Having owned, and read repeatedly, the entire ‘Little House’ series as a child, I was already aware that Laura Ingalls Wilder had lived the adventurous childhood of a true ‘pioneer girl’ (the original working title of her memoirs). However, unlike many authors of fictionalised accounts, Ingalls actually downplayed, or omitted entirely, some of the events of her childhood. Like the brother who died in infancy (a particular tragedy at a time when it was still considered important for a man to have a son: Laura had no other brothers), or the time a man in the town where her family was living got drunk and accidentally set himself on fire. Continue reading “Author Profile: Laura Ingalls Wilder (1867-1957)”
One of the most popular British 20th century children’s authors, Enid Blyton’s relationship with her own children was, to put it mildly, strained. Blyton was a prodigious author: Wikipedia lists a total of 762 published works written by Blyton. Continue reading “Author Profile: Enid Blyton (1897-1968)”
I can still remember hearing the news that Roald Dahl had died, because at the time I was the perfect age to be a fan of his work. Just a few months before I had seen him interviewed on children’s television show ‘Blue Peter’ and one of his last works, ‘Matilda’, had been a Christmas present the previous year. Continue reading “Author Profile: Roald Dahl (1916-1990)”
Again inspired by Stuff’s list of Fifty Books Every Kid Should Read By Age Twelve, and by Goodread’s Top 100 Children’s Books list, here is my hopelessly-biased (the majority of the books are British, and most are favourites from my own childhood) but still very good list of twelve of the best classic reads for children aged eight to twelve.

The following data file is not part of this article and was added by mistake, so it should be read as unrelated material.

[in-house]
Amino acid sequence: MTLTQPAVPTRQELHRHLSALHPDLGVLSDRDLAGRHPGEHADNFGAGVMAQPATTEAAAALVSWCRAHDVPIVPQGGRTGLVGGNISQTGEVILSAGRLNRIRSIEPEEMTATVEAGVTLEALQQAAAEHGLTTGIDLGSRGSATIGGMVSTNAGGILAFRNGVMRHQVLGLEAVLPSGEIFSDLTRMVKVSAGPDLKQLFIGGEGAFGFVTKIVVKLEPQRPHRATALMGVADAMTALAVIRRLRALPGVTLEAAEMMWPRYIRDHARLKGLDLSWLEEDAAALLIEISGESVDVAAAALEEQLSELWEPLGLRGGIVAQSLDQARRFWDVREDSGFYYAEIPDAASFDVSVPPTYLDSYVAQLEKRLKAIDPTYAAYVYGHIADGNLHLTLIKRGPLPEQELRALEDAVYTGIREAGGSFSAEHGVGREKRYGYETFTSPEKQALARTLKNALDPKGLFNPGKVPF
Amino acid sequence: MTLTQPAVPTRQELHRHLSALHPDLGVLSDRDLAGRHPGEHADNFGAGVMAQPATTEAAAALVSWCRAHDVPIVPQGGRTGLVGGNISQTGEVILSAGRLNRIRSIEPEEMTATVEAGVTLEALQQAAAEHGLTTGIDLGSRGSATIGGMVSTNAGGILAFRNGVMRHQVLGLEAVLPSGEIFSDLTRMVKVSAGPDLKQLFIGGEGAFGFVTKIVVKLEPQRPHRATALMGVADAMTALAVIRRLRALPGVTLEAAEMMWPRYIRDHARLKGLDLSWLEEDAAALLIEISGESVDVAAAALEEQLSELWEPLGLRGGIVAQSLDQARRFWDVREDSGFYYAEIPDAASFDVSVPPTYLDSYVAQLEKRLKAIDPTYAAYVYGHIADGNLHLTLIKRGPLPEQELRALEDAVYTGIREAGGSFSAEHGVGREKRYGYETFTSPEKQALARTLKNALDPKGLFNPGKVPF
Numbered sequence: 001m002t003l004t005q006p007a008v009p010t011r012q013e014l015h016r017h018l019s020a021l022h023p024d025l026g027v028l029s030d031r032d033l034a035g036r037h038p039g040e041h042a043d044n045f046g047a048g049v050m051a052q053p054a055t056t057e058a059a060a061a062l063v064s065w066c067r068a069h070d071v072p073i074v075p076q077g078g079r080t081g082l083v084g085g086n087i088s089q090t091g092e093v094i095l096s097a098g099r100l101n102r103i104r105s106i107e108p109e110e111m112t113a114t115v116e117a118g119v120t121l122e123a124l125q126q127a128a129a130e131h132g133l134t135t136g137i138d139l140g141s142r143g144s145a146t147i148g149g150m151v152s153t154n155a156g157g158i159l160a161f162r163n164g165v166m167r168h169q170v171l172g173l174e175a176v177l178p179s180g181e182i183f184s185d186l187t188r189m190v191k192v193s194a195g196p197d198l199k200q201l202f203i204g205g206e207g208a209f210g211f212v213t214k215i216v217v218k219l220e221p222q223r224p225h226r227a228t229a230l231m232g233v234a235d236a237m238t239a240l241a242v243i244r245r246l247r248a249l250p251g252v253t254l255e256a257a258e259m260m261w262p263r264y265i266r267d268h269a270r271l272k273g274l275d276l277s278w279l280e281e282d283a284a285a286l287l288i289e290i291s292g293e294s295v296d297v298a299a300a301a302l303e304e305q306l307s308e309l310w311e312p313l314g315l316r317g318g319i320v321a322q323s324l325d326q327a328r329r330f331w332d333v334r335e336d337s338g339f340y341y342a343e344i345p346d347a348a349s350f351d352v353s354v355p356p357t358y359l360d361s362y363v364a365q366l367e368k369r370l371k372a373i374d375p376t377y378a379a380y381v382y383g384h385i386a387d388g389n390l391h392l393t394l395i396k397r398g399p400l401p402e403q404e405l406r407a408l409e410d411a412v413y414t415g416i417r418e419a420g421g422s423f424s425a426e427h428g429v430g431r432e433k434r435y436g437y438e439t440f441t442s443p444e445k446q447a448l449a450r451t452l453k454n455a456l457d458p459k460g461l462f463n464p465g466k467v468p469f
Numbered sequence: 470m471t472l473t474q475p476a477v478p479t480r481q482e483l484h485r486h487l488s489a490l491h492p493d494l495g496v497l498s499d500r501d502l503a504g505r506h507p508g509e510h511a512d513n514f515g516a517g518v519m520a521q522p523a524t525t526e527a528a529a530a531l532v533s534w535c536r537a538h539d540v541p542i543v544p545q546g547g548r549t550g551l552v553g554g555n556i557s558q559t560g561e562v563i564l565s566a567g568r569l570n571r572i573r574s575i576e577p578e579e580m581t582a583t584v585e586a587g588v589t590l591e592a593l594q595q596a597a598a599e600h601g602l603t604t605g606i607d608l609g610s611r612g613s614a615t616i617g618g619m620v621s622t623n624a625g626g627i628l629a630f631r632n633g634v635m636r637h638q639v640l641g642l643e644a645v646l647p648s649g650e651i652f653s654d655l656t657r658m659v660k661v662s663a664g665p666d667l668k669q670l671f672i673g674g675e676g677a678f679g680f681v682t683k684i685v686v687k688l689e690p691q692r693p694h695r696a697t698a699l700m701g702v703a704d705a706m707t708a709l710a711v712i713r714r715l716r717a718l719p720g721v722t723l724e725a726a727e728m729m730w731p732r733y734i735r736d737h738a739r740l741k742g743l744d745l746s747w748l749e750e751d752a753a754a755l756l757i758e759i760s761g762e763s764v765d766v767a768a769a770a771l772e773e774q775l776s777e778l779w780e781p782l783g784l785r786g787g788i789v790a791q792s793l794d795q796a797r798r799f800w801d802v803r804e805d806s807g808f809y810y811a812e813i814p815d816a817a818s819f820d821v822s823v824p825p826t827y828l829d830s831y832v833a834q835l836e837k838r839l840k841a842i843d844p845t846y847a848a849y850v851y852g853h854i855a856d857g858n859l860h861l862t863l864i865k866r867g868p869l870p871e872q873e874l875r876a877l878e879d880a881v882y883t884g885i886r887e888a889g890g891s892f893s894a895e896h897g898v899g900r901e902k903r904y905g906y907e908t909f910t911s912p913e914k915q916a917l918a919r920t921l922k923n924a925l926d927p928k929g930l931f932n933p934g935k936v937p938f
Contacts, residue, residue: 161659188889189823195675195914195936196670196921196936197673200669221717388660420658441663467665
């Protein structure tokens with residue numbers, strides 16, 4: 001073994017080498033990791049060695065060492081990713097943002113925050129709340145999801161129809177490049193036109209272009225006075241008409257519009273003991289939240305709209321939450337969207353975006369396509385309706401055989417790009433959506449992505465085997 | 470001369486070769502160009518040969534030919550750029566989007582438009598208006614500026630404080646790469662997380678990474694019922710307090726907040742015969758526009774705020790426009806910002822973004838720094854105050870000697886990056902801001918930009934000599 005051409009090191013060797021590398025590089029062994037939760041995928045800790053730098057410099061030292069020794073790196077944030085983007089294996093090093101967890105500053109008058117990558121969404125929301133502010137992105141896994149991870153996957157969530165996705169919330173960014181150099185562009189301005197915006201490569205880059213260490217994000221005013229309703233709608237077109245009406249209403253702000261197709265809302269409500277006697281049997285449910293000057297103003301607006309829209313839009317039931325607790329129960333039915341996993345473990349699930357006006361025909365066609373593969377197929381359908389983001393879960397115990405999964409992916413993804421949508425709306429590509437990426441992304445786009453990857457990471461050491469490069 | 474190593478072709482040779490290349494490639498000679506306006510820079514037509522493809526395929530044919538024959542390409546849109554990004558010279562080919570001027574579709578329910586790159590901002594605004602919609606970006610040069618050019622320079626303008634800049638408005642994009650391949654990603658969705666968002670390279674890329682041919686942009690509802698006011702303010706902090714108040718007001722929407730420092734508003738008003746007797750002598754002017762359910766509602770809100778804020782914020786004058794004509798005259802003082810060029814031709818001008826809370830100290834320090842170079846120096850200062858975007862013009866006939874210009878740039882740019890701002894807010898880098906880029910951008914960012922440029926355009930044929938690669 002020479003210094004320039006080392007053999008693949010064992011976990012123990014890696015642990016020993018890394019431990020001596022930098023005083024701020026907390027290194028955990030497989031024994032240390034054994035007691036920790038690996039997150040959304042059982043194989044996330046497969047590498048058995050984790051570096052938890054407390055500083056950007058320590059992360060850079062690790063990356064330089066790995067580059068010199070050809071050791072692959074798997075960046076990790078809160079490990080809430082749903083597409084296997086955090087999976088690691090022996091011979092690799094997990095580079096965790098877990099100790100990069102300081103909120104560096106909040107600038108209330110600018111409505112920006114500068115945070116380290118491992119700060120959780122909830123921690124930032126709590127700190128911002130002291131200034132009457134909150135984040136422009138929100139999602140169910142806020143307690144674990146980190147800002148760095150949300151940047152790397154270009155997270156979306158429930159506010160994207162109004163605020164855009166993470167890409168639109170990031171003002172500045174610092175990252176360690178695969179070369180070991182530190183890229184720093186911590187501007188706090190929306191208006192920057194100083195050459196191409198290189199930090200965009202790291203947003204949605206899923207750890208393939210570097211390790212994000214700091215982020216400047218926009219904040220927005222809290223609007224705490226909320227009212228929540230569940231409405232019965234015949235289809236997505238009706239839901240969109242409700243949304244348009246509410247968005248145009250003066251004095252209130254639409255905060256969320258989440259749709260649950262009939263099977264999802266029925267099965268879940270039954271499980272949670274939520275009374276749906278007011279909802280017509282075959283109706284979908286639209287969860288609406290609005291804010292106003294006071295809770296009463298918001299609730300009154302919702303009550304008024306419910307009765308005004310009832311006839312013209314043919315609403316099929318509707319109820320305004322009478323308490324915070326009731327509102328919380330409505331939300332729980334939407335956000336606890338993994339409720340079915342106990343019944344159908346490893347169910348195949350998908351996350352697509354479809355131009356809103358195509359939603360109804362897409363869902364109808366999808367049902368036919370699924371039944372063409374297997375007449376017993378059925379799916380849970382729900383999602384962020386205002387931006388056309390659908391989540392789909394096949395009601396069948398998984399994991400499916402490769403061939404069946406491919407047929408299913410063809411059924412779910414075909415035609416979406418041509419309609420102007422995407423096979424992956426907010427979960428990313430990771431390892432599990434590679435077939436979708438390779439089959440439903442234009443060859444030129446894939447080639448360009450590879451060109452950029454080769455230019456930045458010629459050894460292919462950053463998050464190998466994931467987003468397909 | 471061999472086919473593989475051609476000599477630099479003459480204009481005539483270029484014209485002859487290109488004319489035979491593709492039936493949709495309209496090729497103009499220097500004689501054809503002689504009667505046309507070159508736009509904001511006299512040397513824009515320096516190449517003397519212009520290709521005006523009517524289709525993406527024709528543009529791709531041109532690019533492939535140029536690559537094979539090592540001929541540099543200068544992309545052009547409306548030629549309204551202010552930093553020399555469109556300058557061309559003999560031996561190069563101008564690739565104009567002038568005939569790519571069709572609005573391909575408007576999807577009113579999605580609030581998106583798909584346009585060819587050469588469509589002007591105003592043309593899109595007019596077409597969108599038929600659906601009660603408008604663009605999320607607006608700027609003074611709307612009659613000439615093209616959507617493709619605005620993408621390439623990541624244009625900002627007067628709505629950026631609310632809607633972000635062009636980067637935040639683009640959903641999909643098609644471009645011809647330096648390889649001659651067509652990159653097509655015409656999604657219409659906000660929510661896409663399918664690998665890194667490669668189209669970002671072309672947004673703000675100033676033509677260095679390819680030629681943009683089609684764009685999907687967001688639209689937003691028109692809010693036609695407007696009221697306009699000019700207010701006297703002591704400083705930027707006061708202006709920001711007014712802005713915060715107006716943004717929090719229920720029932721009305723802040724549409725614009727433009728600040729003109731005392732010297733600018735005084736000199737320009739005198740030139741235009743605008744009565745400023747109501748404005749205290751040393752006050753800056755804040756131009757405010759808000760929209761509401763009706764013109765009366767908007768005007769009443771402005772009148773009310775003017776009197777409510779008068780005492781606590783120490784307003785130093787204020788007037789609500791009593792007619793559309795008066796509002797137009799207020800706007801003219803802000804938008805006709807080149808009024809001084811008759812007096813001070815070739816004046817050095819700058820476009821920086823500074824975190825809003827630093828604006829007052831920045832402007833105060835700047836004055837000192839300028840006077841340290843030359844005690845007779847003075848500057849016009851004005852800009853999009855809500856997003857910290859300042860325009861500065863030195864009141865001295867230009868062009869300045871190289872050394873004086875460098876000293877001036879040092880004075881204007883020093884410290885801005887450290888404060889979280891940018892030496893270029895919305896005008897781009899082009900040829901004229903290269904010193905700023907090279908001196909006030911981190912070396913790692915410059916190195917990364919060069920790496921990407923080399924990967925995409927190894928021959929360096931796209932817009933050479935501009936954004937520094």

As with my list of Classic Books for Younger Children I’ve arranged them in rough order from the simplest to the most complex. As different children develop in reading at different rates I haven’t given a hard-and-fast indication of exactly what age kids need to be to tackle these books: I’m pretty sure I’d read them all (with the exception of J. K. Rowling, whose books came out when I was… a little older) long before I turned twelve, but I was a comparatively advanced reader and definitely still loved all these books at that age. For particularly reluctant readers, and those who are struggling, reading stories aloud can be a great way to keep them interested in books.
Recently New Zealand news website Stuff published a list of Fifty Books Every Kid Should Read By Age Twelve. While I can’t help but question whether some of these books are really suitable for pre-teens, as someone who loves books and loves working with children here is my own offering of ten classic books for reading aloud to younger children, aged from around three to seven. Some of these books appear on the original list; others do not. All have been road-tested on real children and pass the most critical test of all: the kids enjoy hearing them, and thus are encouraged into the love of reading which paves the way to becoming life-long readers. I’ve arranged them in rough order from simplest to most complex.
World War Two was the war of my father’s childhood. It began when he was one year old and lasted until he was seven, with societal repercussions (returning soldiers, damaged infrastructure, continued rationing etc.) that continued for far longer. So it makes perfect sense to me that some of the classic books of my childhood were written by people who lived through that same period and authored works which showed WWII from the point of view of children. Here, then, are five classic children’s books addressing the experience of children caught up in aspects of that particular conflict. In most cases it’s been many years since I read them, but they’ve stuck with me all this time, and that’s arguably the hallmark of truly great literature. Continue reading “Through the Eyes of a Child: WWII in Children’s Literature”